From the Pastor's Desk
A Message from Our Pastor, Rev. Sharon Pajak
THE BUSINESS OF BEING THE CHURCH
In a recent planning meeting, the Leadership Board was joined by a few other church members (these meetings are open to all – every other Wednesday at 4pm in the
lobby). In the course of the meeting, one of the members said, “we have to run this like a business.”
I’m not sure what he meant by that. A business, defined, is “the practice of making one’s living by engaging in commerce; trade considered in terms of its volume or profitability; a commercial operation or company.”
The church, any church, doesn’t really fit into that definition.
We offer a service, but we don’t charge for that service. The “product” we offer is intangible – it’s a relationship with the living God who wants to forgive our sin and welcome us into eternal life. It’s a connection of imperfect, flawed, sinful humans trying to get closer to God by worshipping and serving and studying and fellowshipping together.
Because of this, we don’t have a confirmed income stream. We have pledges – but fewer than 25% of you actually pledge, actually say, “I’m going to give this amount to the church this year for the purpose of resourcing the ministry we do.”
We take in offerings ~ and many folks are faithful in their giving, never missing a date. But most of us (me included) miss a time or two, we fall behind because we were not at church ~ travel, illness or busyiness got in the way ~ and sometimes we don’t make it up. The church has not, never once in the 50+ years we have been in existence, received 100% of the funds pledged.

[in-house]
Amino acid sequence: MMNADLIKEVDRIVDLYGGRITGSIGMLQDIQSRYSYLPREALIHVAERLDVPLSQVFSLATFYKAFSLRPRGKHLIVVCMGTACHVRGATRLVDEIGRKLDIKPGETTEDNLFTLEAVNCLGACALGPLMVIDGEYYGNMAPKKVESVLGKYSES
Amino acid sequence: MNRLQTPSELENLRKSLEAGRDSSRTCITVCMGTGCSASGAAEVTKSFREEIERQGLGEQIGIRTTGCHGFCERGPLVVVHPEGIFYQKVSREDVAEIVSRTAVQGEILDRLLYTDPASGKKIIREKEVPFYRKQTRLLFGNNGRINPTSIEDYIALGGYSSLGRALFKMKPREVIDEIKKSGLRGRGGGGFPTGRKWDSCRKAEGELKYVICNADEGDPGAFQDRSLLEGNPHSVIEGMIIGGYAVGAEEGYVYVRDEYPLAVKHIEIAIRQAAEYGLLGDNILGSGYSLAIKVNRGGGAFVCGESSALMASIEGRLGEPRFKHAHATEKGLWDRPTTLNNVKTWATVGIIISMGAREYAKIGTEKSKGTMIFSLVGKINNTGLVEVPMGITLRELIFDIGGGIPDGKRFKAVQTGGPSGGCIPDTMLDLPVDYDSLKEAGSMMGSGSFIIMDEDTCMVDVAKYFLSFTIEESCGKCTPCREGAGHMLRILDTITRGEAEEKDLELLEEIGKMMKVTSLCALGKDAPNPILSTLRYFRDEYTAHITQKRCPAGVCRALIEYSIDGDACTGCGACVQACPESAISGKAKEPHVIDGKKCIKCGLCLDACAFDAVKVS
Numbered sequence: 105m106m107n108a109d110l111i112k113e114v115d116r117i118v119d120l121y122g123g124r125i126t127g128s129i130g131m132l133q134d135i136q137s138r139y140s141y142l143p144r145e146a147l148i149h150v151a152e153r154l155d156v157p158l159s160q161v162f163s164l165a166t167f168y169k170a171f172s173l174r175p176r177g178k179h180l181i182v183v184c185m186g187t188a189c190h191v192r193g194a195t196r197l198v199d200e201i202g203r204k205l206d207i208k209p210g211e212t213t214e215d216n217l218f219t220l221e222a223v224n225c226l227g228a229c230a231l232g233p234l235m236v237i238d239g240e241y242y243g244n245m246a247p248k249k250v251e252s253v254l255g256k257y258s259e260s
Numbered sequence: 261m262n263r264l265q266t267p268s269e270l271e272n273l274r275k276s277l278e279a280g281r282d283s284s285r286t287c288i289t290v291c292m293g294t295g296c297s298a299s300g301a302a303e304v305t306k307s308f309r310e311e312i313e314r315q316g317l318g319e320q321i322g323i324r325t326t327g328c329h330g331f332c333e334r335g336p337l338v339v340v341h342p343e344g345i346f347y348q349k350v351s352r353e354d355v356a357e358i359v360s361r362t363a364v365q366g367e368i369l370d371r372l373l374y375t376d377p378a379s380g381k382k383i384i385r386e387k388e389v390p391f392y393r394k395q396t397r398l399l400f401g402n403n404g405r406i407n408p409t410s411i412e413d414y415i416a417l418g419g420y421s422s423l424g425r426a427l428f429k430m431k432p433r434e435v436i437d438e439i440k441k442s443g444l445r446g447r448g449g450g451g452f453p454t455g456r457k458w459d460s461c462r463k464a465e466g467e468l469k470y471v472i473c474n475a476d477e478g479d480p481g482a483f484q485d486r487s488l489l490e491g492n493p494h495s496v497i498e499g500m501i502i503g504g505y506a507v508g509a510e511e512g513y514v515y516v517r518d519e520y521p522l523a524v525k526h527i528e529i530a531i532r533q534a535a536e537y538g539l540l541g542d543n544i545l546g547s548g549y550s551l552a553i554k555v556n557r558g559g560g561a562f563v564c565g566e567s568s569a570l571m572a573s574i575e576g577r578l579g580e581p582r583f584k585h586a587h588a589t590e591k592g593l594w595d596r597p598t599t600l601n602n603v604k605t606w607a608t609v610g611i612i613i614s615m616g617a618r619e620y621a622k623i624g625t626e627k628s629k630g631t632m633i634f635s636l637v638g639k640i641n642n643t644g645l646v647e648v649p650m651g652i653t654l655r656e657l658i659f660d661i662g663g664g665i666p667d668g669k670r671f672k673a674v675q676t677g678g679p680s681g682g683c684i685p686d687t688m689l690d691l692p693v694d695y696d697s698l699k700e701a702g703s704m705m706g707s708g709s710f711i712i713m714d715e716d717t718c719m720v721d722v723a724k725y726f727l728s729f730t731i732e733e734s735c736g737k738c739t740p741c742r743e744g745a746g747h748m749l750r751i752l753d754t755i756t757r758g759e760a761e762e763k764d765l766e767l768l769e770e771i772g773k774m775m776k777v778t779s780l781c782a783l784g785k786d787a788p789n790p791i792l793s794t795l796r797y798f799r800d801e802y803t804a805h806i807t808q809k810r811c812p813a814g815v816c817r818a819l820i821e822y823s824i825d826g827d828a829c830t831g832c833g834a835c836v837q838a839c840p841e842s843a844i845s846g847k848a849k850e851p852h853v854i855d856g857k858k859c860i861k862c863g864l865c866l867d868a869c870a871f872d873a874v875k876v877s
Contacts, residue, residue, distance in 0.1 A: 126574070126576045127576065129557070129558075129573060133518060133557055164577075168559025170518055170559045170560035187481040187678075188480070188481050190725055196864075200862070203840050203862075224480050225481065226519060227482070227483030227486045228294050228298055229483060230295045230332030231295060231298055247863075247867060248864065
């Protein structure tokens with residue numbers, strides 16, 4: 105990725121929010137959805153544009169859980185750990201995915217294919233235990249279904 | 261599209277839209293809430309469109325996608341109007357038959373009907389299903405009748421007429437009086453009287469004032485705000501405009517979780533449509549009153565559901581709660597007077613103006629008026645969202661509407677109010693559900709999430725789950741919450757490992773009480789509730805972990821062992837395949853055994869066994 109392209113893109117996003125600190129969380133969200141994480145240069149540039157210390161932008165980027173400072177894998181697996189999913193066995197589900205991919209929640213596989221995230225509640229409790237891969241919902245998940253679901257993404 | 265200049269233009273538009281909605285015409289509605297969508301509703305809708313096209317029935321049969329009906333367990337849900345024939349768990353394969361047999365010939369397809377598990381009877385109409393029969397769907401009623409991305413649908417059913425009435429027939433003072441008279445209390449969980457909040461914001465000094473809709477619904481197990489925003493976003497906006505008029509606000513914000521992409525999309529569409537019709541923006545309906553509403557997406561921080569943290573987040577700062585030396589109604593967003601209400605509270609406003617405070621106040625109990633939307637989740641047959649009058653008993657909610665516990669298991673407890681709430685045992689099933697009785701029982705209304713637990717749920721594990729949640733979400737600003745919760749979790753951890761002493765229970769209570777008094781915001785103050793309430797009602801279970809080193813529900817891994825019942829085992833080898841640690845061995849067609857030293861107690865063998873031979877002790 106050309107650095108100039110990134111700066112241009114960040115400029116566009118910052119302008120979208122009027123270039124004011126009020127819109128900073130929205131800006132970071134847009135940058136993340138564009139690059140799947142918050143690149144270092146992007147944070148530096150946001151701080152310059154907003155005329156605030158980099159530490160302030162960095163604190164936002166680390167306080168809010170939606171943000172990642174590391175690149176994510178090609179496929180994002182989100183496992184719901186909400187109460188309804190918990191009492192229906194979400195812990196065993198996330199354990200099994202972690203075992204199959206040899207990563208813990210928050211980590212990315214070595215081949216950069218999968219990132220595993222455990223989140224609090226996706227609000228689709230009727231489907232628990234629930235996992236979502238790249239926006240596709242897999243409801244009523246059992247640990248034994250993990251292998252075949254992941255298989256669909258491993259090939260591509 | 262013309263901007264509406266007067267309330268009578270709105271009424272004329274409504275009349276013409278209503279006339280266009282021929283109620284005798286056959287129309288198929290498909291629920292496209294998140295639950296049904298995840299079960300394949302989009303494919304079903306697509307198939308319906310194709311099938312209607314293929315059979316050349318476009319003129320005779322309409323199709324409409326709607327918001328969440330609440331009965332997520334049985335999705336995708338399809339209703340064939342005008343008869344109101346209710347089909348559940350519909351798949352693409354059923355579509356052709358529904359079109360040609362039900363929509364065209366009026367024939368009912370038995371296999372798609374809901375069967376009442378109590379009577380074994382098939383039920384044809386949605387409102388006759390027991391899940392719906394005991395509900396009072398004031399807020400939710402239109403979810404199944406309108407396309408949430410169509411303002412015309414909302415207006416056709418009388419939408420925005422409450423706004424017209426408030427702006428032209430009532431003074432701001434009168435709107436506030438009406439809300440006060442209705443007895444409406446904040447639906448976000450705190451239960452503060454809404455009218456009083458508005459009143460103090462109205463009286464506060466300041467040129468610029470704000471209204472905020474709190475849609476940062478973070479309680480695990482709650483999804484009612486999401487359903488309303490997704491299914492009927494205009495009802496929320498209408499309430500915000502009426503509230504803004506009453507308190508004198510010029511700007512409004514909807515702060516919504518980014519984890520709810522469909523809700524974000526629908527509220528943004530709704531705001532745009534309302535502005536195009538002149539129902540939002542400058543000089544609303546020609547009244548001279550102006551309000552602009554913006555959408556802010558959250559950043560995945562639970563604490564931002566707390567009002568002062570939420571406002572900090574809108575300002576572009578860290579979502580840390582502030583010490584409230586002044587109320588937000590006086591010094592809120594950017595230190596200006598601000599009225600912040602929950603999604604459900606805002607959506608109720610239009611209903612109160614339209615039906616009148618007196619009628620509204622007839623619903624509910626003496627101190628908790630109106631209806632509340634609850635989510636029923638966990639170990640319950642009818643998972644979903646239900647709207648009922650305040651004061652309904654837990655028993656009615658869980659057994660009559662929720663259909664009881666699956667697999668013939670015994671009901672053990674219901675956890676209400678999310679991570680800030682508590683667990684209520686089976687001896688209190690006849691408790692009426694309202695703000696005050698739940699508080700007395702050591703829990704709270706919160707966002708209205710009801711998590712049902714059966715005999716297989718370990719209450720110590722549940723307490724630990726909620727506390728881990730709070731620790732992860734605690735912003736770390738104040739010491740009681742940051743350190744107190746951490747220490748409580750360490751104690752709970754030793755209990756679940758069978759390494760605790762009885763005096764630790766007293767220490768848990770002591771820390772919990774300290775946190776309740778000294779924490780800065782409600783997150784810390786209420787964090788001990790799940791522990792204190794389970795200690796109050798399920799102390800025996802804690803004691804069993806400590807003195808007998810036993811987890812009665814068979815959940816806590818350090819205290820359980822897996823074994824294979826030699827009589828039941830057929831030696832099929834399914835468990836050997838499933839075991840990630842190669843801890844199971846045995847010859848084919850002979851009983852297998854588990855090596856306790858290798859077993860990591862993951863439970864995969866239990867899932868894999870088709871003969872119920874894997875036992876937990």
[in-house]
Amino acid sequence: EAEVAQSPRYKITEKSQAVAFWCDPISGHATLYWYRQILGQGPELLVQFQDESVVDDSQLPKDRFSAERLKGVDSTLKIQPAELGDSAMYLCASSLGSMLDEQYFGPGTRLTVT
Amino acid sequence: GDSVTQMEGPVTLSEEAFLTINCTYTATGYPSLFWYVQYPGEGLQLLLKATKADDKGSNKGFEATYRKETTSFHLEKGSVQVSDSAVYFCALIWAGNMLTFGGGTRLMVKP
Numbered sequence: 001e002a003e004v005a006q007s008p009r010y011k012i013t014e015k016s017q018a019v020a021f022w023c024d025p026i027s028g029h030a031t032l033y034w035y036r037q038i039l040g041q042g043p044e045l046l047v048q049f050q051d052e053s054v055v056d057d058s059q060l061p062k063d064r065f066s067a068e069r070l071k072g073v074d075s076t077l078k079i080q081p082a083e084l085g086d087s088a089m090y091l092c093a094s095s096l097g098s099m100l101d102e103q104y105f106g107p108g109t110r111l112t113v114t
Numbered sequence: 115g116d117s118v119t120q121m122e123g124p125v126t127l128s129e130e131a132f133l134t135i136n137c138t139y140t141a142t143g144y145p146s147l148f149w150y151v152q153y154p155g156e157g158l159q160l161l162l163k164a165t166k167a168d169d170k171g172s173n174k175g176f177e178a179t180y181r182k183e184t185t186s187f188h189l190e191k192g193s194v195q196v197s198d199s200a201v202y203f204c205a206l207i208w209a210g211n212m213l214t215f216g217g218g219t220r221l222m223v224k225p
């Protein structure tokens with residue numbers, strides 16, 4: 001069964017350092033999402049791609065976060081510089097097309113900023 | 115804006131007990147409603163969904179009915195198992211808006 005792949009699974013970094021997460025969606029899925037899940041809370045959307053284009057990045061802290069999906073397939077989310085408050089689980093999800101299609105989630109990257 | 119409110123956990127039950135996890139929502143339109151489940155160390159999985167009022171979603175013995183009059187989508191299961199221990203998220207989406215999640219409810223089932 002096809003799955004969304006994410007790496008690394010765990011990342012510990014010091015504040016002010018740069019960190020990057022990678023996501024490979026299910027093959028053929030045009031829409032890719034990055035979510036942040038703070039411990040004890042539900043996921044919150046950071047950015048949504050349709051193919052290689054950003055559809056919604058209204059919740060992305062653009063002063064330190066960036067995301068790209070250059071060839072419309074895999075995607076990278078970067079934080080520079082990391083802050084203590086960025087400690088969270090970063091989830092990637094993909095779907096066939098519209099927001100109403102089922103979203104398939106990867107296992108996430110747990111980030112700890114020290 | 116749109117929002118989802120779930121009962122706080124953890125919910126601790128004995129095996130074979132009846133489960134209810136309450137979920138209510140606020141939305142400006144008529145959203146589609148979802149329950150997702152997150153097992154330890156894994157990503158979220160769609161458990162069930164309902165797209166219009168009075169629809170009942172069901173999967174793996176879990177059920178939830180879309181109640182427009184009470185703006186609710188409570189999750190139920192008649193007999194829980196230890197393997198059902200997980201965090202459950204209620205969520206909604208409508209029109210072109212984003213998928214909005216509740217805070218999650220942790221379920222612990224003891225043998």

And since coronavirus caused us to stop in-person worship, we did not receive “loose plate” offering – those funds from people who don’t pledge but give when they are here. We made plans last year in anticipation of those funds ~ and they fell short by more than $20,000.
Because the church must exist in this physical time and space, it requires things like utilities and maintenance, repairs and insurance. These are fixed costs. We have paid staff – most part time, and beginning in July, it will be all part time. These are fixed costs, much like your mortgage or rent, your utilities, insurance, food and clothing. Necessities.
The majority of the people in the church have an income of some kind: employment, or social security or retirement benefits or investment disbursements. You know how much you will take in, and thus how much you can spend. The church does not know how much it will take in, and so must work to manage resources on a “cash basis” – we budget based on what we hope the congregation will give, and that (barely) covers our fixed costs. Beyond that, when there is a need, if there is money, we can do it. If there is no money, we have to either find it (a loan, a special gift) or do without – even when “doing without” means being without heat in 3 areas of the church right now (and that means no a/c either) because we simply don’t have the funds to replace 3 a/c units.
Giving is an act of faith: do you trust God to provide for your needs?
Giving is an act of gratitude: do you love God enough, have enough gratitude, to give joyfully to the work of the church?
Giving is an act of outreach: do you love your neighbor enough and want to provide for ministry and mission that will enable others to hear the good news and come into a relationship with God?
Right now, Desert Chapel is limping along, financially.
What role do you play in this business of being the church?